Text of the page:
Monday, September 15, 2008

Tina Fey=sexist? Come ON!

Tina Fey may make a difference in this election, and the McCain campaign has helped to make that happen.

I don't know if you saw Fey portraying Sarah Palin on the most recent Saturday Night Live, but she hit it out of the park. It was a fantastic send-up...

which McCain aide Carly Fiorina has denounced as sexist today.

Fiorina explained what makes Fey's impression sexist:

"The portrait was very dismissive of the substance of Sarah Palin, and so in that sense, they were defining Hillary Clinton as very substantive, and Sarah Palin as totally superficial," Fiorina told MSNBC earlier Monday. "I think that continues the line of argument that is disrespectful in the extreme, and yes, I would say, sexist in the sense that just because Sarah Palin has different views than Hillary Clinton does not mean that she lacks substance."


Fey's impression of Palin is sexist in the same way that Chevy Chase's Gerald Ford was sexist. Or Dana Carvey's George H.W. Bush. Or Darrell Hammond's Bill Clinton. Or Frank Caliendo's George W. Bush. Hell, it's sexist in the same way Caliendo's spot-on John Madden is.

These impressions...and ALL others, I believe...make the targets "look like they lack substance." That's what caricatures do. It's the nature of all satire. Show the foibles of the world--including the most powerful people in it--by exaggerating them. Fey does this perfectly.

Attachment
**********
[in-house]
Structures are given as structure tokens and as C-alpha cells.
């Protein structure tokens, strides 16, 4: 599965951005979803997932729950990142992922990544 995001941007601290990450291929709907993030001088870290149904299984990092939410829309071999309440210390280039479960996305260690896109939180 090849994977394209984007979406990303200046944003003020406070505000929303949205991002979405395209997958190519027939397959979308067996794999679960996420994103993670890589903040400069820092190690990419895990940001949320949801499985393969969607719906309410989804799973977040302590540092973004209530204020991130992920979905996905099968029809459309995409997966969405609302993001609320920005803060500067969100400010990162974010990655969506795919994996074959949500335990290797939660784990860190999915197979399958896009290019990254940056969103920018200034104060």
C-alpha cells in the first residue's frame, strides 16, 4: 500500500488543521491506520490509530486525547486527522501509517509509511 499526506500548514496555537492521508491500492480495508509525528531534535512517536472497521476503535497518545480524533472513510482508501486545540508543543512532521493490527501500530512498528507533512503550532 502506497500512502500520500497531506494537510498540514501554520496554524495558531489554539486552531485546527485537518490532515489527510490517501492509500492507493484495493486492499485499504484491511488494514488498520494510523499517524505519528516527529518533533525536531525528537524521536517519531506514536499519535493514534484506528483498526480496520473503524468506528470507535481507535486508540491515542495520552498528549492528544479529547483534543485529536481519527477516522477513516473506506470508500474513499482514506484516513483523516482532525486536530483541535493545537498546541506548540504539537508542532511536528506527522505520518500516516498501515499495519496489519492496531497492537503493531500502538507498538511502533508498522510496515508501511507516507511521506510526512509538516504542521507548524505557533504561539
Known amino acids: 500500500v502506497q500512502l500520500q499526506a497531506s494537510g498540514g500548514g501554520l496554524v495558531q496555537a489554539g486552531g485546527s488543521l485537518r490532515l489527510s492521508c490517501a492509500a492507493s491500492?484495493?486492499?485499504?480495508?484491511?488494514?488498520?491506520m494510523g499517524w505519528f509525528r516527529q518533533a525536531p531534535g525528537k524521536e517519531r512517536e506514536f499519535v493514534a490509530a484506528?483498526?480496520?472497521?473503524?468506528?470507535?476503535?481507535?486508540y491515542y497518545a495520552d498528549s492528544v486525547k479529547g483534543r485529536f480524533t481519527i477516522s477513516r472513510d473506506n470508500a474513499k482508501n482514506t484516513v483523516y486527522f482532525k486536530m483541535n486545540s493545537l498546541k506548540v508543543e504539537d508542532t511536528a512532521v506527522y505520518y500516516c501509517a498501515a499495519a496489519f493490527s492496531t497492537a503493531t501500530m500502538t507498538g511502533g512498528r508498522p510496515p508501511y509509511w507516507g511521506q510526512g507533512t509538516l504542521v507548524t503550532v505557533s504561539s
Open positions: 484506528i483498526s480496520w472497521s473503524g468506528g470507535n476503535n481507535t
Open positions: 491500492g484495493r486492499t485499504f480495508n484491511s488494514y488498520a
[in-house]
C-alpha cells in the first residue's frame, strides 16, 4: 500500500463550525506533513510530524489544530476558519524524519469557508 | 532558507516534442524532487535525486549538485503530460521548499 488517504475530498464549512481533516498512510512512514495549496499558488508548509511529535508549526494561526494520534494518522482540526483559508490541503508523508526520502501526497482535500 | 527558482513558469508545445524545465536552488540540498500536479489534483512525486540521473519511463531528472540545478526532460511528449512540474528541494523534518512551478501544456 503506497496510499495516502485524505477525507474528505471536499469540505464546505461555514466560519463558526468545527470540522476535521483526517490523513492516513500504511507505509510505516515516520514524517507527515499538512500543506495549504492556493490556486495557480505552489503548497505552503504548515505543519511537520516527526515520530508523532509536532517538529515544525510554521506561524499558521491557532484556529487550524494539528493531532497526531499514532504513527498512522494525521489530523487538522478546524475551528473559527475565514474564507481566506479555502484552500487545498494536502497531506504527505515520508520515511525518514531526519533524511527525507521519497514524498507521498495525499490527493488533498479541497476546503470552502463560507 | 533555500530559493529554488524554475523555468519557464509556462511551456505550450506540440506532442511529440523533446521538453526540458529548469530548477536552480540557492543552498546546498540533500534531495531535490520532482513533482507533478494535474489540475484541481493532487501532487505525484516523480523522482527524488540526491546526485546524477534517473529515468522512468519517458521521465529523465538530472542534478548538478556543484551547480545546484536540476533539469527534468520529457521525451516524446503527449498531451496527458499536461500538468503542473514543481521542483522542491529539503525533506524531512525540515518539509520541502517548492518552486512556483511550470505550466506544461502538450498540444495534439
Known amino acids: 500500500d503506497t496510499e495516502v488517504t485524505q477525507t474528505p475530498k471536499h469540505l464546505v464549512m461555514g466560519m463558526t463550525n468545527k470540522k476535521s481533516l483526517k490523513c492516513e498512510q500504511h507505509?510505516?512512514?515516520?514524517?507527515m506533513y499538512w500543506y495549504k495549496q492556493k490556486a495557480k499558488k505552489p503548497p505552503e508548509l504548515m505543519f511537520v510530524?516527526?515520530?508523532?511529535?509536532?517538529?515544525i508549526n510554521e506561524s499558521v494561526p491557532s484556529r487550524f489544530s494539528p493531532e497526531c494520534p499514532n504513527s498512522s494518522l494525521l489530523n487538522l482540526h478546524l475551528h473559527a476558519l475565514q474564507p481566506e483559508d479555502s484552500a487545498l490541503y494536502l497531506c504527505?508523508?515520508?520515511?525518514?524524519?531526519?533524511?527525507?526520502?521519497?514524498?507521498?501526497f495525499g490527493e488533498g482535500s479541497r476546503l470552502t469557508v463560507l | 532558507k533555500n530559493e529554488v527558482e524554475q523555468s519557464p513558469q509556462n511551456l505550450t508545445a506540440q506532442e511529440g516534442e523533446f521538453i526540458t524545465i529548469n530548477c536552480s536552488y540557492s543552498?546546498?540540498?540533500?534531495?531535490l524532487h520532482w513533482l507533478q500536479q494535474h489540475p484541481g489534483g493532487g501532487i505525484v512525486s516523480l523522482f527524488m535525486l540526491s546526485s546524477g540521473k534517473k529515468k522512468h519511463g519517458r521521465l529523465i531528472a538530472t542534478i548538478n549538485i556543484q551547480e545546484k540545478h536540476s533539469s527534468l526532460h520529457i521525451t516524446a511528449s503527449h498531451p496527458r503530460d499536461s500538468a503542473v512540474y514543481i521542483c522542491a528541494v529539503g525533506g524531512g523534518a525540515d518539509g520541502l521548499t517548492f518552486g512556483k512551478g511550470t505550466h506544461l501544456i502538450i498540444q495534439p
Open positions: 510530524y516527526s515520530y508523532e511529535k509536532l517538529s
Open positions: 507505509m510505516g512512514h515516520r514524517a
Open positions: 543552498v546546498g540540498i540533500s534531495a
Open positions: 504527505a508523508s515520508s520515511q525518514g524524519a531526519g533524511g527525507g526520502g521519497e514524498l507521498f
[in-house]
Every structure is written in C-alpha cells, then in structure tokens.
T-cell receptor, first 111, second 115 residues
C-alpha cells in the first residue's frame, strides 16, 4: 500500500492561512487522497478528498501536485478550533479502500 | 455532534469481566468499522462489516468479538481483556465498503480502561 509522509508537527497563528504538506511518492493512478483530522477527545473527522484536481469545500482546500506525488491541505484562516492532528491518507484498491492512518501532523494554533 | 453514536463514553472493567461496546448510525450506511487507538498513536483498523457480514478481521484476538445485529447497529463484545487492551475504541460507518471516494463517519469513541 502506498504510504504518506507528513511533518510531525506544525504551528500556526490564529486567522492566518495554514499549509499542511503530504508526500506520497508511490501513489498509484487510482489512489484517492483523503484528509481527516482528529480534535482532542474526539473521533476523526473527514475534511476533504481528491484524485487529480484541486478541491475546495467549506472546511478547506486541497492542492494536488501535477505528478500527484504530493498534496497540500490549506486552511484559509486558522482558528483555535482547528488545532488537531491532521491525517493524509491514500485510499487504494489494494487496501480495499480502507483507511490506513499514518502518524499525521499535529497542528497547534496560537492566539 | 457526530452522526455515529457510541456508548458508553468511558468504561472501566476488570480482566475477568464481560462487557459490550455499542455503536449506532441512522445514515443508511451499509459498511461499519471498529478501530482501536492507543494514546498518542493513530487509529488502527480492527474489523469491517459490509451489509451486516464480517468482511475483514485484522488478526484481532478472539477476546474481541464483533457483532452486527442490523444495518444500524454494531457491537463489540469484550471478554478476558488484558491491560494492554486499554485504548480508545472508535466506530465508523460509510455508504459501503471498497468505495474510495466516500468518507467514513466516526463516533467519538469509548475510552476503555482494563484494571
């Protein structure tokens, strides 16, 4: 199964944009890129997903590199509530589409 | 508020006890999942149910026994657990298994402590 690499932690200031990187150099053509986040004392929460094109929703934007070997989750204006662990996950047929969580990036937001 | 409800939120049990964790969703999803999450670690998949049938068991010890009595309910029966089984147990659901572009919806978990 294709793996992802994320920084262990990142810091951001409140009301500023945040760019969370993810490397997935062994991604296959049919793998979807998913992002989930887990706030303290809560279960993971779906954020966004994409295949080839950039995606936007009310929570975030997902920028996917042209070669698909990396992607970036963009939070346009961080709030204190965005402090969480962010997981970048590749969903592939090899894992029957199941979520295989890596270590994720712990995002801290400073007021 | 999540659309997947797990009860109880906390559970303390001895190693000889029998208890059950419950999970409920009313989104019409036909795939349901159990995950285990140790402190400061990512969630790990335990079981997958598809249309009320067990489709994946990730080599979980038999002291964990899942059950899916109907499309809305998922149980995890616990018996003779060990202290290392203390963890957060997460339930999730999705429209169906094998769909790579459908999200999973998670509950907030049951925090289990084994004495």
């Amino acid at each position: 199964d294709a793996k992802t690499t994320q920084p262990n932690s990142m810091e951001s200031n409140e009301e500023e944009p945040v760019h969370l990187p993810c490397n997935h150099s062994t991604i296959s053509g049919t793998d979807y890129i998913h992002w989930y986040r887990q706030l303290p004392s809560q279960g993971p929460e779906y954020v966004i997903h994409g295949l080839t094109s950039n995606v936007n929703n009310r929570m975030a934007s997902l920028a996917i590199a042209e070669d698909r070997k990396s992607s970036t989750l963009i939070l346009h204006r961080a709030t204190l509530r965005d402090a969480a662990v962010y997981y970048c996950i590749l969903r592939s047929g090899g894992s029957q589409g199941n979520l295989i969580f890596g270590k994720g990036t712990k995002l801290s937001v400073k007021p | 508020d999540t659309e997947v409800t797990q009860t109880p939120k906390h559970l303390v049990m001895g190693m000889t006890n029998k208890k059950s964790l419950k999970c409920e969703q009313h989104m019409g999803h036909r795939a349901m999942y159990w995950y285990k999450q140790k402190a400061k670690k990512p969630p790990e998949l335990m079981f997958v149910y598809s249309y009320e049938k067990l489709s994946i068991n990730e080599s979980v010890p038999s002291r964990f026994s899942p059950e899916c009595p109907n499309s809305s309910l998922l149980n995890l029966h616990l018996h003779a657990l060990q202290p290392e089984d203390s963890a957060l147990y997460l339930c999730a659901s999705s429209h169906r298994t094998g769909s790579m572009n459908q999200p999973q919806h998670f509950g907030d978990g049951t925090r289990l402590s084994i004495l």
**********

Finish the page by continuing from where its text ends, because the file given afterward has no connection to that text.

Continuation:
What's especially bizarre about Fiorina's definition of "sexism" is that she does not believe that either Amy Poehler's impression or the SNL staff's writing of Hillary Clinton was sexist. Poehler and the writers give it to Clinton every bit as bad as they gave it to Palin.

But Fiorina tells us that saying Palin lacks substance is a sexist attack.

I cannot think of a definition of sexism that includes this. As I see it, the sexism test is this question: "Would the attacker say/do this if the target was the other gender?"

The answer: absolutely. Remember Dan Quayle? Ross Perot? They were made to look ridiculous. That's what we do to our leaders and potential leaders.

It is, however, GREAT news that Fiorina attacked the Fey portrayal as sexist. This means that a good chunk of people (and count me among them) will be checking in this week to see what Fey does next. As a result, more people--including many undecided voters--will get to see this portrayal of Palin as vapid and vacant. Whether or not it's accurate, it's damn funny, and it will stick.

Some think Chevy Chase's impression of Gerald Ford helped swing the 1976 election to Carter. I'm not certain that there will be the same impact this year, since I believe people vote for the top of the ticket. But Fiorina may have driven viewers to SNL, and Fey is absolutely up to the challenge.

Thanks, Carly Fiorina. Your choice to pursue this ridiculous argument really, really helped your opponent.


Alison said...

I hope SNL gives Fey the chance to do more Palin, and that she can make time in her schedule to do it. Since she's not part of the regular cast anymore, they may not be able to go to that well as often as they'd like. On the other hand, with the way SNL tends to run jokes into the ground, a little enforced restraint might be a good thing too.

Greg said...

TRP, you are dead on (as usual). You and Fey both nailed it. :-)

Even A - who has hated SNL since the Will Farrell/Chris Farley days and has an aversion to YouTube - forwarded me a link to the video segment this morning.